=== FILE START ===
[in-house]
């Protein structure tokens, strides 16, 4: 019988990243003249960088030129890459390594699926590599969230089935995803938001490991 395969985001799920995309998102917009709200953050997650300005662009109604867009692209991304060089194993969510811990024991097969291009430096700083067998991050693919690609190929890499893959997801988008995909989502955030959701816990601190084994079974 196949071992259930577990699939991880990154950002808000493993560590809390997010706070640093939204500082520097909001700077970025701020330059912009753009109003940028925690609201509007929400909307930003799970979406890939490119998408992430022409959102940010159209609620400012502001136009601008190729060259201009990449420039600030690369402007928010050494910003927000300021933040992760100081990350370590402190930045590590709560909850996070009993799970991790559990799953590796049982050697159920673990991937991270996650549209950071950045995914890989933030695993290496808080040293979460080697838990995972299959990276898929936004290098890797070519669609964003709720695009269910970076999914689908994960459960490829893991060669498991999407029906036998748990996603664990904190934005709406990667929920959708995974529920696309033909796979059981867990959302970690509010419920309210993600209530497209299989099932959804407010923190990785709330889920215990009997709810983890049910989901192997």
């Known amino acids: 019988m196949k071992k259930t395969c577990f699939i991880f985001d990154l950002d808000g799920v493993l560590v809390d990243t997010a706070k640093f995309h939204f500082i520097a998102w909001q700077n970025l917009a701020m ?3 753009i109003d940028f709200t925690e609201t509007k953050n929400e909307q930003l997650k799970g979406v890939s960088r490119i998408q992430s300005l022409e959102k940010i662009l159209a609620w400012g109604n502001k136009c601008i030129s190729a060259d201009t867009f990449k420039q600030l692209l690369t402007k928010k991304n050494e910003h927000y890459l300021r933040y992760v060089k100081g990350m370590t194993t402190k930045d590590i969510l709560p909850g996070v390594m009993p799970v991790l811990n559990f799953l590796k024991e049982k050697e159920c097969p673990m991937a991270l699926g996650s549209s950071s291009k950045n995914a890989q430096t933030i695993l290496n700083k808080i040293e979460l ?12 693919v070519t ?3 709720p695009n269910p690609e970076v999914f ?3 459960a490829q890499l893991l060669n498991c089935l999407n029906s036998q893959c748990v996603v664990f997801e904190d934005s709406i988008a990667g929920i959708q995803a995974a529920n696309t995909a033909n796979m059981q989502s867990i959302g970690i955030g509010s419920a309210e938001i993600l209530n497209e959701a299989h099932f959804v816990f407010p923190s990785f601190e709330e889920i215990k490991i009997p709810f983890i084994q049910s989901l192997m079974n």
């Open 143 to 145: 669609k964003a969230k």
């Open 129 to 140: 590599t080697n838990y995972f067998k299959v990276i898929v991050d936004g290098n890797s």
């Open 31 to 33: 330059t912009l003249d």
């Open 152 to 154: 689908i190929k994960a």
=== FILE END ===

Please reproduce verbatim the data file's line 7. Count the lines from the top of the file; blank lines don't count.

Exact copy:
């Open 152 to 154: 689908i190929k994960a």